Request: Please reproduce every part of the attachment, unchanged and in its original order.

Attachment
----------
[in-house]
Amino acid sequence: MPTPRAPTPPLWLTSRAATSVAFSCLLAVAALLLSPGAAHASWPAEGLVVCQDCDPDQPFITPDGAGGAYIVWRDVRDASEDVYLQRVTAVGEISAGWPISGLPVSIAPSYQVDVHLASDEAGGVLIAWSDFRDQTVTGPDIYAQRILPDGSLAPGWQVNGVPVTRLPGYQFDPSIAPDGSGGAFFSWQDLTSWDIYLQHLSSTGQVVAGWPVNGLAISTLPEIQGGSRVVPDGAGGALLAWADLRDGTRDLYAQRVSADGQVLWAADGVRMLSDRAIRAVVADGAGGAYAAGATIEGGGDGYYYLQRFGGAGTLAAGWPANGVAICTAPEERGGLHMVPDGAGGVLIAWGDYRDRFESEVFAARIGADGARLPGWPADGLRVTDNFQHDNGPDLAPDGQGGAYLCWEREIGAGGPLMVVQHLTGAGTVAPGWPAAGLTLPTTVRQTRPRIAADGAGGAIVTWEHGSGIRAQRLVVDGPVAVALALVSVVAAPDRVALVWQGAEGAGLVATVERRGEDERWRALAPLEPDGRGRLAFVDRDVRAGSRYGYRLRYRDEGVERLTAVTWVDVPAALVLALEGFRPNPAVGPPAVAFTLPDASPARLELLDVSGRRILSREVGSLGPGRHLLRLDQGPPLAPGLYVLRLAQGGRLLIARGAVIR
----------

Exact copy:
[in-house]
Amino acid sequence: MPTPRAPTPPLWLTSRAATSVAFSCLLAVAALLLSPGAAHASWPAEGLVVCQDCDPDQPFITPDGAGGAYIVWRDVRDASEDVYLQRVTAVGEISAGWPISGLPVSIAPSYQVDVHLASDEAGGVLIAWSDFRDQTVTGPDIYAQRILPDGSLAPGWQVNGVPVTRLPGYQFDPSIAPDGSGGAFFSWQDLTSWDIYLQHLSSTGQVVAGWPVNGLAISTLPEIQGGSRVVPDGAGGALLAWADLRDGTRDLYAQRVSADGQVLWAADGVRMLSDRAIRAVVADGAGGAYAAGATIEGGGDGYYYLQRFGGAGTLAAGWPANGVAICTAPEERGGLHMVPDGAGGVLIAWGDYRDRFESEVFAARIGADGARLPGWPADGLRVTDNFQHDNGPDLAPDGQGGAYLCWEREIGAGGPLMVVQHLTGAGTVAPGWPAAGLTLPTTVRQTRPRIAADGAGGAIVTWEHGSGIRAQRLVVDGPVAVALALVSVVAAPDRVALVWQGAEGAGLVATVERRGEDERWRALAPLEPDGRGRLAFVDRDVRAGSRYGYRLRYRDEGVERLTAVTWVDVPAALVLALEGFRPNPAVGPPAVAFTLPDASPARLELLDVSGRRILSREVGSLGPGRHLLRLDQGPPLAPGLYVLRLAQGGRLLIARGAVIR